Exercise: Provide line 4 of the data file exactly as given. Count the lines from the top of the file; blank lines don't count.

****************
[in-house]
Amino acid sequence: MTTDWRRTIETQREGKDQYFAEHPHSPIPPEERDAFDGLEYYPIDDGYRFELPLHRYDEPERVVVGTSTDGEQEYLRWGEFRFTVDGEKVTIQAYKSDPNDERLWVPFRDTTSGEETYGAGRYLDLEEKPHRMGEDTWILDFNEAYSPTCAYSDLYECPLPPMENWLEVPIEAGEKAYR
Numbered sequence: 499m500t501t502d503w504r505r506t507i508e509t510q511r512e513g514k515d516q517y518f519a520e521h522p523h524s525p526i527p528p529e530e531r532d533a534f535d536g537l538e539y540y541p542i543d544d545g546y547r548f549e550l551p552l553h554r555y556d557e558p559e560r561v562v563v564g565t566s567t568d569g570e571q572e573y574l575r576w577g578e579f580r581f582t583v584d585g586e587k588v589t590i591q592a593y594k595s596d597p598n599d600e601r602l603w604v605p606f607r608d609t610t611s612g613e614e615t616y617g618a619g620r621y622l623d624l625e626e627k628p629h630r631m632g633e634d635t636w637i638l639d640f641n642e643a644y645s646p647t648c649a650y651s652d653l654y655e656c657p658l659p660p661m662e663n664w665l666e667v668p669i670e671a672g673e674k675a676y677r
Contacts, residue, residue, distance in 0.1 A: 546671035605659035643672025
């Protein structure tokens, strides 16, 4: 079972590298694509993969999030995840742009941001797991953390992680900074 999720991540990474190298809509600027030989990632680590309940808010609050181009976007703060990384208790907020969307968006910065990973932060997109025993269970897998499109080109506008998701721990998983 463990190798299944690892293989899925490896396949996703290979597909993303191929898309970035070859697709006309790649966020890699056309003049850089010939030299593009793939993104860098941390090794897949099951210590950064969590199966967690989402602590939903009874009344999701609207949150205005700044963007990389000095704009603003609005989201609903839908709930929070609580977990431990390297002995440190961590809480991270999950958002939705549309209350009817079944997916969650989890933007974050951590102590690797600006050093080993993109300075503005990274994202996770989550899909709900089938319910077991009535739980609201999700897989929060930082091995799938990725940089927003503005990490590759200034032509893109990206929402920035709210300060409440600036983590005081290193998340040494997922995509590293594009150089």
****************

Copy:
Contacts, residue, residue, distance in 0.1 A: 546671035605659035643672025